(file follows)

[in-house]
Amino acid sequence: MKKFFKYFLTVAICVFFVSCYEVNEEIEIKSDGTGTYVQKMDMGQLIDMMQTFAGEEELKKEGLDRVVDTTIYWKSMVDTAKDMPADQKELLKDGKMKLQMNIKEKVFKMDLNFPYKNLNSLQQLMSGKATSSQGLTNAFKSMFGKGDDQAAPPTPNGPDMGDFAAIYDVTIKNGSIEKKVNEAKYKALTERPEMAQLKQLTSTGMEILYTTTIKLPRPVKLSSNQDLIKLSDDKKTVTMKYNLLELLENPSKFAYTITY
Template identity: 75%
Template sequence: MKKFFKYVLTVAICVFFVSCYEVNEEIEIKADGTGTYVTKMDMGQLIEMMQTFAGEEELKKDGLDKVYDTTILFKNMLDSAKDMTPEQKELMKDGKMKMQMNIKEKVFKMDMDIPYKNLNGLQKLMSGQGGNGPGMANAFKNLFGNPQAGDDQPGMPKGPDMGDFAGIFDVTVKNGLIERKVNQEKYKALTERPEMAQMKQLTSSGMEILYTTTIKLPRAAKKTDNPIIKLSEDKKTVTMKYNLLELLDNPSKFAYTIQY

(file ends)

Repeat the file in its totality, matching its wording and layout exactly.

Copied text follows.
[in-house]
Amino acid sequence: MKKFFKYFLTVAICVFFVSCYEVNEEIEIKSDGTGTYVQKMDMGQLIDMMQTFAGEEELKKEGLDRVVDTTIYWKSMVDTAKDMPADQKELLKDGKMKLQMNIKEKVFKMDLNFPYKNLNSLQQLMSGKATSSQGLTNAFKSMFGKGDDQAAPPTPNGPDMGDFAAIYDVTIKNGSIEKKVNEAKYKALTERPEMAQLKQLTSTGMEILYTTTIKLPRPVKLSSNQDLIKLSDDKKTVTMKYNLLELLENPSKFAYTITY
Template identity: 75%
Template sequence: MKKFFKYVLTVAICVFFVSCYEVNEEIEIKADGTGTYVTKMDMGQLIEMMQTFAGEEELKKDGLDKVYDTTILFKNMLDSAKDMTPEQKELMKDGKMKMQMNIKEKVFKMDMDIPYKNLNGLQKLMSGQGGNGPGMANAFKNLFGNPQAGDDQPGMPKGPDMGDFAGIFDVTVKNGLIERKVNQEKYKALTERPEMAQMKQLTSSGMEILYTTTIKLPRAAKKTDNPIIKLSEDKKTVTMKYNLLELLDNPSKFAYTIQY